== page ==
Looking back, knowing that this could have been more than just a few years is what tugs at my heart. Oh to have this safe, secure comfort and pleasure, like a soft warm blanket wrapped around you, suddenly ripped away. Even now a thunderstorm or the smell of a newly mown lawn will trigger one of these evenings. The music lyrics play in my mind and then faces and voices rise up.

    In the 1940’s and even into the 50’s the newspapers were full of stories about destitute men and their families. Men riding in box cars on the railroads looking for work like the ones we waved as they passed by the house. Carl said that they were Hobo’s hitching a ride. There were more than 200,000 evictions in New York alone due to the poor economic times. People were moving back to the countryside so they could grow their own food. Our family debt, to the grocer, debt for the clothes and household items had accumulated and had now reached its limit and would have to be paid. Dad must have felt so alone and trapped.
    In the spring of 1948, not only was the economy still struggling but the weather struggled as well. If the weather in Harrison County, WV is not to one’s liking, it is said, wait awhile; in ten minutes an abrupt change will occur. But this unusual spring meteorologists would later describe the weather phenomenon in this small region between 1944 and 1950, as occurring “once-in-a-lifetime.” Tornados like the Shinnston Tornado of 1944 are referred to as the greatest natural disaster of the state. People had no warning. Today we have computers and measuring devices to calculate the severity and track the paths of the storms, as well as show us on a large full colored map. We have flash lights handy, generators for when the power goes out and survival kits in our homes. We have shelters to go to in case of flooding. Some of us might even have a community plan so that neighbors can help each other. We have our cell phones to call 911. When the Shinnston Tornado hit that June of 1944 people had no such warnings and no plan. It took the lives of over 100 people with hail the size of baseballs, winds stripping the bark off trees and then slamming them into whatever was in its path. One man claimed that it stripped the feathers off his chickens. The storm took a layer of security from the people too, leaving a fear they would never forget. Just the mention of a storm after that sent mother hiding behind the piano with a blanket over her head.
    People were used to floods. Large winter snow melts and heavy rains would overflow the banks of the Ohio River that fed the Forks River and the many tributaries, sending rushing water in under our doors. Residents could see the depth of the water rising above the banks but they had no way of seeing a funnel forming in the distance and no way to predict where it might go. Radios were our only communication and many like my family did not have phones. It was with this fear and no warning other than rising water and high winds that we met the storm of May 2, 1948.

    That day Dad and Charlie had been sheet rocking the last wall in the dining room when the radio voice suddenly changed.
    “A flood warning is now in effect for Harrison County.”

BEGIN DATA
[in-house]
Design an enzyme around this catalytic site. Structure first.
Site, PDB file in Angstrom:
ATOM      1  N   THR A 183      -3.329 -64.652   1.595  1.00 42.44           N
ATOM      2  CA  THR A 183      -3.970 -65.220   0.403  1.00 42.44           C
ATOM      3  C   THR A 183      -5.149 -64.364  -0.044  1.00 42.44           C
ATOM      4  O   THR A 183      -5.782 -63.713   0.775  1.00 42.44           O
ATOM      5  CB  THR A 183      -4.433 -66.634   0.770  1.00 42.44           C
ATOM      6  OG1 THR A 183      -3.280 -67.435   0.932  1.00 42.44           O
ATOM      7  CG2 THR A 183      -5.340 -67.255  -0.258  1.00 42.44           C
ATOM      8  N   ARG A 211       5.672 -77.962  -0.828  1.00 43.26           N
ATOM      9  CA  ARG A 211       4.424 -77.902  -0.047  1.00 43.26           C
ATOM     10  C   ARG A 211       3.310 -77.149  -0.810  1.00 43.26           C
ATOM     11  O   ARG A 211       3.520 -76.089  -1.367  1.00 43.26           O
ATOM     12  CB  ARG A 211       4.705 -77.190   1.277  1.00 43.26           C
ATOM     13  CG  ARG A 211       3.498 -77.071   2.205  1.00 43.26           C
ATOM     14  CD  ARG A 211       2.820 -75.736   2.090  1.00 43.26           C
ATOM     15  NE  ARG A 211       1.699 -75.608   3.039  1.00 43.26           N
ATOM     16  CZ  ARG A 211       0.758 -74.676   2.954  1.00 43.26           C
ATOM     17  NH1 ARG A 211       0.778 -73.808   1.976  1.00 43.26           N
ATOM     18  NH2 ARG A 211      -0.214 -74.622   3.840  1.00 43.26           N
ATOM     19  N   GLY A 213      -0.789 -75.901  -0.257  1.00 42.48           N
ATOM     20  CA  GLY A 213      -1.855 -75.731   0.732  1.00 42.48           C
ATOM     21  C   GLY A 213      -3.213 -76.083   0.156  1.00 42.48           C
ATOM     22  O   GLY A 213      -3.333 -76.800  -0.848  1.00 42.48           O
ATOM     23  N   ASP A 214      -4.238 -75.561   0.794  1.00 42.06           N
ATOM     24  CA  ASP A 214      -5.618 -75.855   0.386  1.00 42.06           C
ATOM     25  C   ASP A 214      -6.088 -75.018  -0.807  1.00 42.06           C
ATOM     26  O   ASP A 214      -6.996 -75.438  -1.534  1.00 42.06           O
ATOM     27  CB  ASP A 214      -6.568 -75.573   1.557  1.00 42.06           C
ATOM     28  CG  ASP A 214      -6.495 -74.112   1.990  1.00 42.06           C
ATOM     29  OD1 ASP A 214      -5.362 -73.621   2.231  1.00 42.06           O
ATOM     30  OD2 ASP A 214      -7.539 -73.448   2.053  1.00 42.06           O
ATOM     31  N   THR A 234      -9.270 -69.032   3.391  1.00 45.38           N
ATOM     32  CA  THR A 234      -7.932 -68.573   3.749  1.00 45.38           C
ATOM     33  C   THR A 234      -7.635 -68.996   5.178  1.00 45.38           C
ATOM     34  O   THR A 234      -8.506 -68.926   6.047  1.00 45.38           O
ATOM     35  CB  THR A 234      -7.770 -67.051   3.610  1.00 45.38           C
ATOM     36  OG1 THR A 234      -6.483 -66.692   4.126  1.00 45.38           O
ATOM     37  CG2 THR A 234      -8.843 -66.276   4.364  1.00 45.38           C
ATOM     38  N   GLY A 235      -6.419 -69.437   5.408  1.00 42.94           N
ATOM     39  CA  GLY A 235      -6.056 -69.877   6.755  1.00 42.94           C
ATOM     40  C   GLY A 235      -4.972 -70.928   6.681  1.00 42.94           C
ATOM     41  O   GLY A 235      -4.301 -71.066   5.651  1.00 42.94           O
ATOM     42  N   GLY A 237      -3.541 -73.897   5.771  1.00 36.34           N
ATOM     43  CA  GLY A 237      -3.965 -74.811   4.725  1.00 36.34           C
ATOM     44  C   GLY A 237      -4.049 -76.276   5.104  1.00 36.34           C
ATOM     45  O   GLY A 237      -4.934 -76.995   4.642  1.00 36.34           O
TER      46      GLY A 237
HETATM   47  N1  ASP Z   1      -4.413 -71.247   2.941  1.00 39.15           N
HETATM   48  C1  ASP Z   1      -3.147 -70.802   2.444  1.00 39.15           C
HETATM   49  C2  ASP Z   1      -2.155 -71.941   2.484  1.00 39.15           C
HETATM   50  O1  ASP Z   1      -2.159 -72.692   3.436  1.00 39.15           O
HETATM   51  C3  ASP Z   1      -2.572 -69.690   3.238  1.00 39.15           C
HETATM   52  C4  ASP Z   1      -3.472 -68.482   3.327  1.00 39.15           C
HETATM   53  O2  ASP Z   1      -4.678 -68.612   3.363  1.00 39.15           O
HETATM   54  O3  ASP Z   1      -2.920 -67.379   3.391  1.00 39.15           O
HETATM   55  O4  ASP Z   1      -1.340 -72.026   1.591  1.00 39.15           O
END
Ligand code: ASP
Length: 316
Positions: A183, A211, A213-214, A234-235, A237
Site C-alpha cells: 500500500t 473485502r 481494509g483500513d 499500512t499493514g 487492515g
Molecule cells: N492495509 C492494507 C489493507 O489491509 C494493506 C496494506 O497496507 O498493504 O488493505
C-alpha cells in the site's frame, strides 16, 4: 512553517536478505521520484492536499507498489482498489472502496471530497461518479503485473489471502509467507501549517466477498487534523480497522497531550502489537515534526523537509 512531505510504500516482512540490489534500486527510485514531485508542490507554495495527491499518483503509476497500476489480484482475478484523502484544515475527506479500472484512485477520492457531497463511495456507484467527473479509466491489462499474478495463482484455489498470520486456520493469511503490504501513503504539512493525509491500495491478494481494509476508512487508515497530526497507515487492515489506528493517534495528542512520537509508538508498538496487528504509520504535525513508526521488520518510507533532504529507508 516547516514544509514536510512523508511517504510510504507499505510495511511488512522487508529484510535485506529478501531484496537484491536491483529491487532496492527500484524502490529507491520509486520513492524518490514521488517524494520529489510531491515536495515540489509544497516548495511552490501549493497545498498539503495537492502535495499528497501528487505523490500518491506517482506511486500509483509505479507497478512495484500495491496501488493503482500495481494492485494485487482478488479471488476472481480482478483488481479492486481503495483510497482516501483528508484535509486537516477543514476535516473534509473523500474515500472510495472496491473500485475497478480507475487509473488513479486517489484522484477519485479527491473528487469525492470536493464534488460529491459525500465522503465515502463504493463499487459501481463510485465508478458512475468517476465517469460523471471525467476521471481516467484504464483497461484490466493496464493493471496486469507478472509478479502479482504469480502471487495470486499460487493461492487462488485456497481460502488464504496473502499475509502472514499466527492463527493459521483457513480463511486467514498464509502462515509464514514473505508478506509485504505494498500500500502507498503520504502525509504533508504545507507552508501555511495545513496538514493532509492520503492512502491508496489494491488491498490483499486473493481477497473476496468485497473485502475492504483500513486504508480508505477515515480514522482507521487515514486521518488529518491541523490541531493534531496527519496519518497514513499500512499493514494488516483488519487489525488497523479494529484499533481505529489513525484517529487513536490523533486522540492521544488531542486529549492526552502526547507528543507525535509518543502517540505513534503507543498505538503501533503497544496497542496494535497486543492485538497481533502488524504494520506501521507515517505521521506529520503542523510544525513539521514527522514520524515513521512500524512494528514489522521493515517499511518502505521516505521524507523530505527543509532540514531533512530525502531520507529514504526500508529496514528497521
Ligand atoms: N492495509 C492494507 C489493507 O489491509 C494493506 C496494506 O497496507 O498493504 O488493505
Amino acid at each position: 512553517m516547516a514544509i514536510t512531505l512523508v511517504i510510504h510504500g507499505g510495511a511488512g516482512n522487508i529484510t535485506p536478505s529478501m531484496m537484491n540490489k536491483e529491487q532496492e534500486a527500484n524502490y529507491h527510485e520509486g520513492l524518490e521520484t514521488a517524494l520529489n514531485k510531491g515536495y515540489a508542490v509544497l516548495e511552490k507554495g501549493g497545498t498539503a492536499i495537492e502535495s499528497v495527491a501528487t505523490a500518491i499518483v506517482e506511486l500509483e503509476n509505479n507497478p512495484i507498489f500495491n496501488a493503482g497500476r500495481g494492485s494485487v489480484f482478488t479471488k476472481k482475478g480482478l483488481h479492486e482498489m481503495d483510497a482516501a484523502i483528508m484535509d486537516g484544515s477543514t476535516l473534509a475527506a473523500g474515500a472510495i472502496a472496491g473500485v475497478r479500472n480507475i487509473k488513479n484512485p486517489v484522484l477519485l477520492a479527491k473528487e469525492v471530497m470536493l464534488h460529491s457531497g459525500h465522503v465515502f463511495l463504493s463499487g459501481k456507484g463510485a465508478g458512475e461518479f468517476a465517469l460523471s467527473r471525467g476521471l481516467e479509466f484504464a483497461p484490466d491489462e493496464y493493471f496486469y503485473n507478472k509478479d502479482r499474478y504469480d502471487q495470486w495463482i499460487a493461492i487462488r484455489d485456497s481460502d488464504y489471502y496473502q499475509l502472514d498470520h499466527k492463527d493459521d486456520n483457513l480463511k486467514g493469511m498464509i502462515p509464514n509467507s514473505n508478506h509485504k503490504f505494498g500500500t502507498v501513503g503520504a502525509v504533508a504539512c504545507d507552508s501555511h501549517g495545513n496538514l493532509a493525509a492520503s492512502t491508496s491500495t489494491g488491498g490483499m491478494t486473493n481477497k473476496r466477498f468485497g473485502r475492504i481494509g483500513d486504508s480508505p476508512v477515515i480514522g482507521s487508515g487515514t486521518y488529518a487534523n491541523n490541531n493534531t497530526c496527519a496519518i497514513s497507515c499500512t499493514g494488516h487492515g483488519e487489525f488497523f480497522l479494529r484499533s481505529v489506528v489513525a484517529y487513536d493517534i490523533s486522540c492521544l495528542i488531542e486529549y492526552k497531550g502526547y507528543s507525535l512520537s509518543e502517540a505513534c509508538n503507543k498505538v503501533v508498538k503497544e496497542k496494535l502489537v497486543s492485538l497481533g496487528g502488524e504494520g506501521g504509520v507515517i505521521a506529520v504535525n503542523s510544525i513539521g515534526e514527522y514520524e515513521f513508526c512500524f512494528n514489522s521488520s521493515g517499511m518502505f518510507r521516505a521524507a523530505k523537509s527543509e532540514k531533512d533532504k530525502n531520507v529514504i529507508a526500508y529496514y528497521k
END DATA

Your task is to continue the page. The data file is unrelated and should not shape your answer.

Jean and Mom were taking turns beating the Seafoam icing for Carl’s birthday cake. It had been decided to celebrate on Sunday so that everyone could be there. I was anxiously awaiting a beater to lick when, Dad called to the boys.
    “Quiet down in there, listen. I can’t hear a thing. There’s a storm coming,” he shouted.
    Heavy rains were causing floods up river. We were prime targets, as our house sat in the lowlands by Lost Creek. Yet there was little warning. Severe thunder storms and tornados were plotted by hand. The equipment needed for accurate predictions like we have today would not be invented or perfected until November of 1965. The U.S. Army Signal Corps recognized the need for a better more accurate prediction for severe weather in 1870. Sgt. John P. Finley charted tornado-producing weather patterns on maps that could be used as tornado “alerts.” But the word “tornado” could not be used at that time. The Weather Bureau “felt that the mention of the word “tornado” provoked undue fear amongst the public.” The word ban was lifted in 1938 but the apprehension continued into the 1940’s. It was a tornado on 20 March 1948 at the Tinker Air force Base in Oklahoma City and the accurate prediction by E.J. Fawbush and R. C. Miller that led to the Air Force establishing the Severe Weather Warning Service but it wasn’t until 2006 that the National Weather Center on the University of Oklahoma Research Campus would become the center for our accurate predictions of today.
    It took a while for the boys to settle down from their usual “rough housing” as Mom called it and realize why the sudden request. The beater I had my eye on was suddenly abandoned in the pan, as Mom walked away from the stove. The radio announcer was talking about Harrison County and a storm warning.
    The silence and the serious tone of the announcer soon drew us around the radio. Mother, already frightened by the word storm, changed places with Dad and sat in the rocker. I scrambled up into her lap, frightened by the deep serious voice of the radio and the look on my siblings faces. The warmth of the oven and the smell of the cake still lingered in the air.
    “Where will we go?” In almost a cry, a whimper mother asked,